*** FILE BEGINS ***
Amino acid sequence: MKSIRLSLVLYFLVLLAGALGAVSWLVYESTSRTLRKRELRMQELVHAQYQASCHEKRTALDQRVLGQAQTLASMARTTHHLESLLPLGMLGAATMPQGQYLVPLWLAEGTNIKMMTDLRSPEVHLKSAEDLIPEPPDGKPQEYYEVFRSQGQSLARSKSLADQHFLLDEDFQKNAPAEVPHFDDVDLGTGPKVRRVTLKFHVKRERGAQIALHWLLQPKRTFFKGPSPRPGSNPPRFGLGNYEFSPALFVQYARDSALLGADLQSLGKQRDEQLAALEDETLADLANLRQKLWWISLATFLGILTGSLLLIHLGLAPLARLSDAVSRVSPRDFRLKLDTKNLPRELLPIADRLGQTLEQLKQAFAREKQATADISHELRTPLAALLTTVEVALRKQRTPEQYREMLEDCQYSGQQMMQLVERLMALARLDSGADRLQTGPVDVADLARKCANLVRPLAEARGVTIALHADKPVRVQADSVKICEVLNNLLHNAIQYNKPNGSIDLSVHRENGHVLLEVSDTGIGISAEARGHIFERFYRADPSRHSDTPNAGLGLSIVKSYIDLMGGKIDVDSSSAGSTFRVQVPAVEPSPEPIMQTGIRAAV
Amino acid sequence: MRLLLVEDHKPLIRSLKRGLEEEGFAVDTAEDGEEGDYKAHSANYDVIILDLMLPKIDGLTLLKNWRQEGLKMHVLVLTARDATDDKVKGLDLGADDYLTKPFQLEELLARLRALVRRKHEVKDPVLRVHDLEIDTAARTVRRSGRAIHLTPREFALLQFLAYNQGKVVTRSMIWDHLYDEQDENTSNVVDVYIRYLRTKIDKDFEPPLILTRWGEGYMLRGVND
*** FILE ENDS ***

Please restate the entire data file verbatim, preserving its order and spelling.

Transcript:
Amino acid sequence: MKSIRLSLVLYFLVLLAGALGAVSWLVYESTSRTLRKRELRMQELVHAQYQASCHEKRTALDQRVLGQAQTLASMARTTHHLESLLPLGMLGAATMPQGQYLVPLWLAEGTNIKMMTDLRSPEVHLKSAEDLIPEPPDGKPQEYYEVFRSQGQSLARSKSLADQHFLLDEDFQKNAPAEVPHFDDVDLGTGPKVRRVTLKFHVKRERGAQIALHWLLQPKRTFFKGPSPRPGSNPPRFGLGNYEFSPALFVQYARDSALLGADLQSLGKQRDEQLAALEDETLADLANLRQKLWWISLATFLGILTGSLLLIHLGLAPLARLSDAVSRVSPRDFRLKLDTKNLPRELLPIADRLGQTLEQLKQAFAREKQATADISHELRTPLAALLTTVEVALRKQRTPEQYREMLEDCQYSGQQMMQLVERLMALARLDSGADRLQTGPVDVADLARKCANLVRPLAEARGVTIALHADKPVRVQADSVKICEVLNNLLHNAIQYNKPNGSIDLSVHRENGHVLLEVSDTGIGISAEARGHIFERFYRADPSRHSDTPNAGLGLSIVKSYIDLMGGKIDVDSSSAGSTFRVQVPAVEPSPEPIMQTGIRAAV
Amino acid sequence: MRLLLVEDHKPLIRSLKRGLEEEGFAVDTAEDGEEGDYKAHSANYDVIILDLMLPKIDGLTLLKNWRQEGLKMHVLVLTARDATDDKVKGLDLGADDYLTKPFQLEELLARLRALVRRKHEVKDPVLRVHDLEIDTAARTVRRSGRAIHLTPREFALLQFLAYNQGKVVTRSMIWDHLYDEQDENTSNVVDVYIRYLRTKIDKDFEPPLILTRWGEGYMLRGVND